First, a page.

The 4 Best Strings for Gibson J45 – Reviews 2021

gibson j45 strings, best strings for gibson j45

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The J45 is Gibson’s best-selling guitar model of all time. It’s been around since the early 1940s, and it’s earned the nickname “the workhorse” for its durability and reliability. The dreadnought shape and all-tonewood construction give this guitar a full, warm tone. It’s also known for its smooth-playing feel and responsive neck design.

The right strings for the Gibson J45 enhance these qualities. A nice medium-gauge steel string is basically what you want, but there are a lot of options out there to choose from within this broad category. Changing up your strings is one of the easiest (and cheapest) ways to personalize your guitar sound. If you’re looking for new strings for your Gibson J45, check out the options below.

These are our recommendations for the 4 best strings for Gibson J45 on the market:

Martin MSP7200 Lifespan SP Medium Strings

Martin makes some of the best guitars in the world, so it’s no surprise their guitar strings are equally well-regarded.

These MSP7200 strings are treated with Martin’s proprietary Cleartone coating. This gives them a longer lifespan than most strings, so while they cost a bit more per pack, you’ll end up paying about the same in the long-term—and get a better-sounding string out of it. They also repel dirt and build-up, keeping your strings sounding open and balanced for their entire life.

The Martin Lifetime SP strings use a 92/8 phosphor bronze mix. They’re more response and expressive than most strings. They’re also incredibly comfortable under your fingers. For something to live up to the beauty of your guitar, these Martins are among the best strings for Gibson J45’s around.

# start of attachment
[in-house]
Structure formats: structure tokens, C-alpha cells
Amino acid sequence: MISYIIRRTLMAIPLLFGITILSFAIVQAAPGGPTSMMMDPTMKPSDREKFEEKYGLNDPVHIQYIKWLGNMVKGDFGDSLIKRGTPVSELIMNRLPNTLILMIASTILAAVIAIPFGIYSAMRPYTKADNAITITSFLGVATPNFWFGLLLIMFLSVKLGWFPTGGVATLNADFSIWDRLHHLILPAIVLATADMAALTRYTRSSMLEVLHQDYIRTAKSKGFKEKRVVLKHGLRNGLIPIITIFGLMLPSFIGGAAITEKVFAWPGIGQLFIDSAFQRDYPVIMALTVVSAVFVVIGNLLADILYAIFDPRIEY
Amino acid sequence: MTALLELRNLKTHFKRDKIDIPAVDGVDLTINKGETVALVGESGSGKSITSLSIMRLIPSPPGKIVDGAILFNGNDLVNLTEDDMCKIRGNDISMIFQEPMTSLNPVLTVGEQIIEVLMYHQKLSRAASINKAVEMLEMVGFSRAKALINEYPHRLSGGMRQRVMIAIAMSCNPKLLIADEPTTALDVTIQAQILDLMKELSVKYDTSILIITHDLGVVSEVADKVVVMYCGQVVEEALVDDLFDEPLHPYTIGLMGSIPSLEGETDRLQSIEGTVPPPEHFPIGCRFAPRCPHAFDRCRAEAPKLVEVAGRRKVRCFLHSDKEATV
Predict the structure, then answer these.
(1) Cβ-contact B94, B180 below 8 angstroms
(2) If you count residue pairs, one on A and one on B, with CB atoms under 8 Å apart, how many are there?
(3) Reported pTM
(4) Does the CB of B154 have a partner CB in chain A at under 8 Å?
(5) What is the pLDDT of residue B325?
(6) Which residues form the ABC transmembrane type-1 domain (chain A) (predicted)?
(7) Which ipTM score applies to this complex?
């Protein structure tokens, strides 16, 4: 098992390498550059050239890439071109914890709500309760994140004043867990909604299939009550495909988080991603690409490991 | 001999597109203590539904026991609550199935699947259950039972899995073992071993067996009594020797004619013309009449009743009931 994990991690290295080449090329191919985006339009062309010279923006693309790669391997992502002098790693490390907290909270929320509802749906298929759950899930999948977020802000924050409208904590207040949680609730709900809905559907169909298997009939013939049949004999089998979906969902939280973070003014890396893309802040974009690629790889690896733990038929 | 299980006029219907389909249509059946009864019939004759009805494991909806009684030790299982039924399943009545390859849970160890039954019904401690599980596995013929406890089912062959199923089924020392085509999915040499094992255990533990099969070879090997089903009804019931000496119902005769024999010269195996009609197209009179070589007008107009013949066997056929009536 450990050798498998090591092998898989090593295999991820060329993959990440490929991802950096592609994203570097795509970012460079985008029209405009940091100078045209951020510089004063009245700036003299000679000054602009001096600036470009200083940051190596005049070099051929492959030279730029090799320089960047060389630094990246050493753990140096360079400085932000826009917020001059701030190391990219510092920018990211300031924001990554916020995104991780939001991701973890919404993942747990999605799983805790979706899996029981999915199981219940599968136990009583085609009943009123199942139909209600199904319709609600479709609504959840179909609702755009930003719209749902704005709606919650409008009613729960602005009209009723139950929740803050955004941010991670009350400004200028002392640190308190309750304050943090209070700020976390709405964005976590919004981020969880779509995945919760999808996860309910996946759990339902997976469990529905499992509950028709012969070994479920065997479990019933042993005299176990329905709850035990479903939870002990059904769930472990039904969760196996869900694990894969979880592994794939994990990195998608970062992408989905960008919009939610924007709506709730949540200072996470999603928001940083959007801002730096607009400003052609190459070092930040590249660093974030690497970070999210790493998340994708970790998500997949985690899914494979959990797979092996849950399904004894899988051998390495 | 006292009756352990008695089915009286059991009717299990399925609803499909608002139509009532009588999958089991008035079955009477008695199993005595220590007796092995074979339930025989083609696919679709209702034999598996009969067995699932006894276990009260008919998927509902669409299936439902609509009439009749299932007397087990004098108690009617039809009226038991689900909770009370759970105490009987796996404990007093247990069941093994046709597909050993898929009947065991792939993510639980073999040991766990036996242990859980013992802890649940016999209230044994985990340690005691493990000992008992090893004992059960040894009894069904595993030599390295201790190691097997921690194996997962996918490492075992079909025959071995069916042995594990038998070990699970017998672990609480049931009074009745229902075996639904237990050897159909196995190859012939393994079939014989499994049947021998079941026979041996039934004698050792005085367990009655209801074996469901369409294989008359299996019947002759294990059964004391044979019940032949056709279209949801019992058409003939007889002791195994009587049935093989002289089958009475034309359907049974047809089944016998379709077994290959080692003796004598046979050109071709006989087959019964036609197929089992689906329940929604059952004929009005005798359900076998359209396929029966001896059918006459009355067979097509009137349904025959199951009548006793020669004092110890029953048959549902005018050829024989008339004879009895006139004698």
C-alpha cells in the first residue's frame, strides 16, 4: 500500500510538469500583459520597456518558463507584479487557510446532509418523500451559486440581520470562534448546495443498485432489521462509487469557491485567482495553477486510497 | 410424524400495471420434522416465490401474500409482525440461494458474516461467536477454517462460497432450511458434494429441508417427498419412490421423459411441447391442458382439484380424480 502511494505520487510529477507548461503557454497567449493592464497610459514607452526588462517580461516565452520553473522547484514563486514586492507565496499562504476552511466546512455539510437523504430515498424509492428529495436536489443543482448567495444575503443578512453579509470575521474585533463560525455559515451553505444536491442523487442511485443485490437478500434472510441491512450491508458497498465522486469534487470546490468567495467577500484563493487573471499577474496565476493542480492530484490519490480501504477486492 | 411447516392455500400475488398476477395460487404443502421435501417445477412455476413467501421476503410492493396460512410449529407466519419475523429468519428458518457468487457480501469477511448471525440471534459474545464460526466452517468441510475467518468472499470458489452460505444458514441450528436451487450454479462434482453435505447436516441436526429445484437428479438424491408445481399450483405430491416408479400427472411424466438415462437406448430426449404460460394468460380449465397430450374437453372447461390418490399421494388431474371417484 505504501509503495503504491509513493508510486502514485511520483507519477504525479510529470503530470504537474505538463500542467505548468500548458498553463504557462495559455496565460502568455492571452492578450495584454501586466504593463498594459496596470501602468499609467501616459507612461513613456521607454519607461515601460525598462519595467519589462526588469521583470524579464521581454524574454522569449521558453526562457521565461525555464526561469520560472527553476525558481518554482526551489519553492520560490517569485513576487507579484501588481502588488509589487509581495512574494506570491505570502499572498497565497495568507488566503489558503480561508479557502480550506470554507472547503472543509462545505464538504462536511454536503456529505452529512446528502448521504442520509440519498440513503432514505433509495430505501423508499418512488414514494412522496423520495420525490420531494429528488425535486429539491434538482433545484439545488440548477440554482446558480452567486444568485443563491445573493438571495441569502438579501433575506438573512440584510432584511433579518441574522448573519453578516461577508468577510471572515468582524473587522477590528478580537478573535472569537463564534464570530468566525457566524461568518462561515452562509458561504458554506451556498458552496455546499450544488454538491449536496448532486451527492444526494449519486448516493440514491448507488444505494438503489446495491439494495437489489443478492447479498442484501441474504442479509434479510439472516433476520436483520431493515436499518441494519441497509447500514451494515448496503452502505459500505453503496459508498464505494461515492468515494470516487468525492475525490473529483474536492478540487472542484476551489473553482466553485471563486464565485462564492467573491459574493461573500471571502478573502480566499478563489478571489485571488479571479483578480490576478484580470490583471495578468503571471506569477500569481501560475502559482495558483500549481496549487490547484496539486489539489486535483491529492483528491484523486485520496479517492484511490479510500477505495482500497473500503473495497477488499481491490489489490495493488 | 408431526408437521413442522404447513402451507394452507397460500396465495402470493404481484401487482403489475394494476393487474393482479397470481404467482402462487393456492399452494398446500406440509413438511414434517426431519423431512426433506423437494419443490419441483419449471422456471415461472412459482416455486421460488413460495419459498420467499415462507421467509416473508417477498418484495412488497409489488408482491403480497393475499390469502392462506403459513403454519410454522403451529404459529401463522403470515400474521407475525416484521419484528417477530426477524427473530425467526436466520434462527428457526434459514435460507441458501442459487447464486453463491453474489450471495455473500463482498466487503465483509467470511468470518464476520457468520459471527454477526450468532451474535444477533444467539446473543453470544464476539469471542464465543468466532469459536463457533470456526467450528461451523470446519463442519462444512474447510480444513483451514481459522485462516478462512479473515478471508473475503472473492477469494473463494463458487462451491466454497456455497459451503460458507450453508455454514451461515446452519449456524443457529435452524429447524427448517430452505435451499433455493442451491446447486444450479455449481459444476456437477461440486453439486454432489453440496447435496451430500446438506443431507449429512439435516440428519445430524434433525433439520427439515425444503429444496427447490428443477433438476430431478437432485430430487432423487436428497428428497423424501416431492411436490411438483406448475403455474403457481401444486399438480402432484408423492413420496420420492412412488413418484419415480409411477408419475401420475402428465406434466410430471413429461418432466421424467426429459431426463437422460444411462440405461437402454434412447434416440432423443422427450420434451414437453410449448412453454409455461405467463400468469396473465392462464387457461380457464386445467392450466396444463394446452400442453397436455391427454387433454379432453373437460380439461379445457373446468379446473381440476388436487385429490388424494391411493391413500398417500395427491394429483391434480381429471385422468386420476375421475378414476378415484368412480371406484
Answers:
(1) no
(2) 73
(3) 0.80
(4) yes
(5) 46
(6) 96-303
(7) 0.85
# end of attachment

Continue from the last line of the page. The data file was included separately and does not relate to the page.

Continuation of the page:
Martin Guitar String Comparison

Ernie Ball Aluminum Bronze Medium Light Strings

Most strings you’ll find use a phosphor bronze alloy, but these strings from Ernie Ball instead use an aluminum bronze. This gives your sound more front-edge punch. Your tone overall will be more articulate and a bit louder than with other strings, making them perfect for players in genres like bluegrass and country.

The use of aluminum bronze alloy doesn’t just change the sound. It also gives these strings better resistance to corrosion. They’ll not only last longer, they’ll maintain their best sound for their entire life.

These Ernie Ball aluminum bronze strings sound great throughout the guitar’s range. The lows have good power and projection while the highs are clear and sparkling, especially when you put them on a great instrument like the Gibson J45.

Ernie Ball Acoustic Strings - The Ultimate String Test!

DAddario EJ17 Acoustic Guitar Strings Medium

D’Addario makes great strings that all musicians can afford. Their EJ17 Phosphor Bronze strings are among the cheapest ways to get a string that’s worth putting on a Gibson J45.

The D’Addario EJ17 use a standard 80/20 phosphor bronze blend. The tone is well-balanced with a bright high end. While they might not have the lifespan of the models above, they’re not likely to break on you during a gig.

This is D’Addario’s most popular guitar string for a reason. If you’re looking for an affordable way to bring out your guitar’s naturally beautiful tone, the EJ17 is a great way to do it.